This is very good news for parents of struggling readers.  Your child can learn to read—but you must use a strong phonetic reading program.  Struggling readers become discouraged when they are failing to learn to read—but it is not their fault. When I am working with students, I tell them they can learn to read—and they do!  Learning changes your brain. This is your brain on reading!

 

You Can Teach Your Struggling Child to Read – Now!

Is your child a struggling reader?  Have you tried to help your child learn to read and it just doesn’t seem to click?  Learning to read does not come easily for many children, so you are not alone.  Many people will tell you that some children just need to wait longer—but that is just not true!

Children struggle with reading because the method used to teach them is too difficult or it introduces too many new things at one time.  If your child is taught in a sequential step-by-step way that allows him/her to focus on only one new letter-sound a day and practice reading that new letter-sound in a story that does not include anything the child has not learned yet, you will see your child begin to experience success in reading and grow in confidence.

One of my children had difficulty with reading (the only one that I did not teach at home first) and I was told that my child might not be “ready” to learn to read until 3rd grade—but I knew that was not true.  So I taught my child every day after school. That child was at the top of the class in reading at the end of the year. If I had waited as recommended, it would have been very difficult to catch up later on.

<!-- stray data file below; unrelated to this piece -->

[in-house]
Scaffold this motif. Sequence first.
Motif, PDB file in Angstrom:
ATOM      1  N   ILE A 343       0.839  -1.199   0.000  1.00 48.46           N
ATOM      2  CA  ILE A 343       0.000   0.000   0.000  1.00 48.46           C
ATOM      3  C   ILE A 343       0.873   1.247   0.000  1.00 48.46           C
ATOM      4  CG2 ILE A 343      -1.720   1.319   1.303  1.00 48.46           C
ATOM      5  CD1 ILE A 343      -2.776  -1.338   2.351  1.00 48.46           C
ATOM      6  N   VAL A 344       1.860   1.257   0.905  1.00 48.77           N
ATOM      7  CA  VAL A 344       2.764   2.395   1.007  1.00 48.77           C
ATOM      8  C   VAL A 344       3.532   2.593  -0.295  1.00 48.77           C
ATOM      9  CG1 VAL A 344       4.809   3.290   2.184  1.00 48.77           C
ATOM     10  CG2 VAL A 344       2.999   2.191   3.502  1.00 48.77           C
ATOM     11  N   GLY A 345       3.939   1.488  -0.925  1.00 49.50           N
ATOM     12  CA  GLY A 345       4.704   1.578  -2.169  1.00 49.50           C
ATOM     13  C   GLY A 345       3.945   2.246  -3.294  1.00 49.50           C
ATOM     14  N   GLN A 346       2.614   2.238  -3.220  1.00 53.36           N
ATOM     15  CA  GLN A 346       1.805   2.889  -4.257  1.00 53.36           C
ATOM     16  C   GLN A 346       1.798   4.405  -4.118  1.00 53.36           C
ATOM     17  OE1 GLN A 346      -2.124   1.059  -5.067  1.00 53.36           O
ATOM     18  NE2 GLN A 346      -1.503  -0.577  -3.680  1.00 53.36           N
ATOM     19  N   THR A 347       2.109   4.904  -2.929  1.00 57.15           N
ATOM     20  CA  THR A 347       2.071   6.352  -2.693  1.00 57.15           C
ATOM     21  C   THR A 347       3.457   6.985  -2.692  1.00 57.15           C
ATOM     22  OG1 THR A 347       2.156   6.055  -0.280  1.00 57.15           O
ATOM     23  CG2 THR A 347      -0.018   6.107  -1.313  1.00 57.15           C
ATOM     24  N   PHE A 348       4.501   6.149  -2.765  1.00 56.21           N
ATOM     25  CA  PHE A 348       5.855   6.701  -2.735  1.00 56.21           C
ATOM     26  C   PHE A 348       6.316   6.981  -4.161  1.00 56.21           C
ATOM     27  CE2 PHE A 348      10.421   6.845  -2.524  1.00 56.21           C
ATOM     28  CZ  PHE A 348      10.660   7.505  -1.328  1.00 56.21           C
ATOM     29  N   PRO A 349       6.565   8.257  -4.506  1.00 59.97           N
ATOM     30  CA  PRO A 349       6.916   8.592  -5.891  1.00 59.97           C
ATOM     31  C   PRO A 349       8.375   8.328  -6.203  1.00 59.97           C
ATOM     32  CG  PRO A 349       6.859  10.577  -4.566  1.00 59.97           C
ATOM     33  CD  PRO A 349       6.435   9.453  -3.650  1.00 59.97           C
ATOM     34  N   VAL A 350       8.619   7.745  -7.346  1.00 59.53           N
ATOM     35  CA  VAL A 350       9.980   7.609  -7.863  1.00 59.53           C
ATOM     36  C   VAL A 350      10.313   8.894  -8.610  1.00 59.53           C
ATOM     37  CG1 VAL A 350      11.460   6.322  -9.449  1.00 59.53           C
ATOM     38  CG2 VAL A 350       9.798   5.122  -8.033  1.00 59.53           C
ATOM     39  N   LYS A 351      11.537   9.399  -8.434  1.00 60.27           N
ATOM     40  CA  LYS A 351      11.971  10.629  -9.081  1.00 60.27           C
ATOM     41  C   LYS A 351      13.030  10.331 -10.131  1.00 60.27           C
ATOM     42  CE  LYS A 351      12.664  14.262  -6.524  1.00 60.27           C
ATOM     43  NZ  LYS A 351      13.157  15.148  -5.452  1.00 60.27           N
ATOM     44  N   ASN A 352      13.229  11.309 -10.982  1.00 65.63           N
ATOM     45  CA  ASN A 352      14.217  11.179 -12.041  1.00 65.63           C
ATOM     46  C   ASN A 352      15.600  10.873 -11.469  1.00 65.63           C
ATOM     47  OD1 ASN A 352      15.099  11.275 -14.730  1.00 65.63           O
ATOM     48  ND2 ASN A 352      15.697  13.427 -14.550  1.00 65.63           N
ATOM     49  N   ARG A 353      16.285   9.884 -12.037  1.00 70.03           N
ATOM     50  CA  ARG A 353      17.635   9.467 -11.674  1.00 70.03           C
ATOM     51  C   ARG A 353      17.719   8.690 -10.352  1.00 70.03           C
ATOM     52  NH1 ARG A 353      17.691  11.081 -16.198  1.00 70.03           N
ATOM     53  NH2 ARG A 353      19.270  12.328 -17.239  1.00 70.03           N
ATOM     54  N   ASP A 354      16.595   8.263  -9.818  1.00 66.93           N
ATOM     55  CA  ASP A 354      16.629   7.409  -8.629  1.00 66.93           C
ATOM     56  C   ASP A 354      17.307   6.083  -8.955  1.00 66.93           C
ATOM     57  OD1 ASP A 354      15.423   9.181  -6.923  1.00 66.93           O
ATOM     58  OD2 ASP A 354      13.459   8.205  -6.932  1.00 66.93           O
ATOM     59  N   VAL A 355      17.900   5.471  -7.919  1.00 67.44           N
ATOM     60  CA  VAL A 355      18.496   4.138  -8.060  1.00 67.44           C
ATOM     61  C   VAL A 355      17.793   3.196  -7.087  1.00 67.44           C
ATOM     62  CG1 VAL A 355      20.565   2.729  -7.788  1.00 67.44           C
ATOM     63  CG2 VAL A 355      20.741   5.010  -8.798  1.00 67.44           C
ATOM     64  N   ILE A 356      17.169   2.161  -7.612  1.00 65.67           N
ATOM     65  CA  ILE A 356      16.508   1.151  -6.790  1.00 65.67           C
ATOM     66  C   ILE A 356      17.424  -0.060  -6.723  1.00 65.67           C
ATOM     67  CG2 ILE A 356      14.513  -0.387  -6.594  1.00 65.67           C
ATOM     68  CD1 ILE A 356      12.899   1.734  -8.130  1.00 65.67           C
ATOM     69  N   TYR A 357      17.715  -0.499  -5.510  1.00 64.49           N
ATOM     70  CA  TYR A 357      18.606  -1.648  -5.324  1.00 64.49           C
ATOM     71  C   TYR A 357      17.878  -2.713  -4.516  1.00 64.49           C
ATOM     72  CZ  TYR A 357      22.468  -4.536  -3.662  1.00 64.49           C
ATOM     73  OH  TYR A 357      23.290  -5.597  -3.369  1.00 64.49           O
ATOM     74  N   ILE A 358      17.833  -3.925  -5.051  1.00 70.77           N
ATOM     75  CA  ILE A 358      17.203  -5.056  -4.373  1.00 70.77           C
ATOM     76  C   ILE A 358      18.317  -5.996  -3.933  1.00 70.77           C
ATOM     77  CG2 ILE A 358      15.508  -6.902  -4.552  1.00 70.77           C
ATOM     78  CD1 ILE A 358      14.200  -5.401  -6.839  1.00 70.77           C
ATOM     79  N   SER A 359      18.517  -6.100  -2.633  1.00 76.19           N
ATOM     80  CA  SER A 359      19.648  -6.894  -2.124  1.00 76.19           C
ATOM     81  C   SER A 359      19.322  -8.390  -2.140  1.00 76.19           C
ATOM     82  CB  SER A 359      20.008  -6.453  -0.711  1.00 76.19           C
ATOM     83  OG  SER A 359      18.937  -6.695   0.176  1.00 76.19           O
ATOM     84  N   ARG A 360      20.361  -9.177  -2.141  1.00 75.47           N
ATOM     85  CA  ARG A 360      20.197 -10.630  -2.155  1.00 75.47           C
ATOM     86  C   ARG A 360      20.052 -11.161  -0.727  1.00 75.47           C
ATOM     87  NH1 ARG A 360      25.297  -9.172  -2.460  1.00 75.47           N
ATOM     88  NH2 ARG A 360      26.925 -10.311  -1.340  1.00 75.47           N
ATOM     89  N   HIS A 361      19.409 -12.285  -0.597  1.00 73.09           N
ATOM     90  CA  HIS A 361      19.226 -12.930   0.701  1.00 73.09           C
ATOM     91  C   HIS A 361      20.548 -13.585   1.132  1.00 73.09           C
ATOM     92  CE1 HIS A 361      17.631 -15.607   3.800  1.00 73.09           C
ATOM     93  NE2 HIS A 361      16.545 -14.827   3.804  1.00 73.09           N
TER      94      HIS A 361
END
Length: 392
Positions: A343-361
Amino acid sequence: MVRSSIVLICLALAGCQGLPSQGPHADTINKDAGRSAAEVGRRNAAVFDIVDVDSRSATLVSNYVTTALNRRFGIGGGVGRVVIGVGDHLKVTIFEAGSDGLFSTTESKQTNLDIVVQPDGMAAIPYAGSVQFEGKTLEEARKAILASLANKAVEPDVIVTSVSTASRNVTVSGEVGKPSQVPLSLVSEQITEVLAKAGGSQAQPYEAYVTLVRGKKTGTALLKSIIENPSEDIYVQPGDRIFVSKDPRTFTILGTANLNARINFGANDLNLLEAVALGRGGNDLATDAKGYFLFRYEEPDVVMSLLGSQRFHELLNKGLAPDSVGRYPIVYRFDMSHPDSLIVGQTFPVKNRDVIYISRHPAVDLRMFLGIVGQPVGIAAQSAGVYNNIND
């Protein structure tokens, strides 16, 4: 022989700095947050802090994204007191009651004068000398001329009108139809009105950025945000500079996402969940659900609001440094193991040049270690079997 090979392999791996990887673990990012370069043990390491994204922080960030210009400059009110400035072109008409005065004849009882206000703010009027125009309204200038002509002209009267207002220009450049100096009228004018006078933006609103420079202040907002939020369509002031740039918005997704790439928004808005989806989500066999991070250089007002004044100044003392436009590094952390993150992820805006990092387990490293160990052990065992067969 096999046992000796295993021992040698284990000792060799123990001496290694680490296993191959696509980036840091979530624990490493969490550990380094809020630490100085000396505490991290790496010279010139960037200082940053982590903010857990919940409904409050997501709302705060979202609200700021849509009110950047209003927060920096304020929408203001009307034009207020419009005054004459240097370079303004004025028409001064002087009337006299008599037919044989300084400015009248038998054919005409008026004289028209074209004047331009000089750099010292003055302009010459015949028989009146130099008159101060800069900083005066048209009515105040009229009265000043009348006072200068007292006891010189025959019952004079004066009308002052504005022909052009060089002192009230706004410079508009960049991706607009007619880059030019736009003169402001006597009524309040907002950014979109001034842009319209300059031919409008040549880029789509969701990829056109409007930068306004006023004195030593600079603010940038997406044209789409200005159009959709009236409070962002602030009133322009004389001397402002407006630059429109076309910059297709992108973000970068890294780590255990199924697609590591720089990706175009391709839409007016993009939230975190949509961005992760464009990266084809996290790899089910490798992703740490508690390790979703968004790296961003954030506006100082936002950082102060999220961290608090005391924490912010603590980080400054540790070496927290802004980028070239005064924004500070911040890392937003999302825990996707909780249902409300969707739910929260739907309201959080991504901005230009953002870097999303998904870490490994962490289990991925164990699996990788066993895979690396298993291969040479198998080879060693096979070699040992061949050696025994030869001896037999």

Here’s what one parent wrote to me:

“I had spent week looking for the perfect reading instruction book. First of all let me start by saying what an awesome, awesome, awesome, awesome (and I can’t say it enough) book Sound Bytes Reading is. My daughter has dramatically improved in her reading plus she keeps saying reading is so easy. She went from being a struggling reader to the very best in her class in a few weeks!! Your book makes reading so much fun. Particularly, for me as an extremely busy working parent with a tight schedule, it was easy for me to follow and teach.  My kid never once got confused or overwhelmed. She continues to excel and exceed reading expectations for her grade level. Your book is so well sequenced; every child would no doubt feel like a winner reading from your book.  (Ida Joiner-Elliott, Technology Executive, Sugar Land, Texas)

Another parent wrote: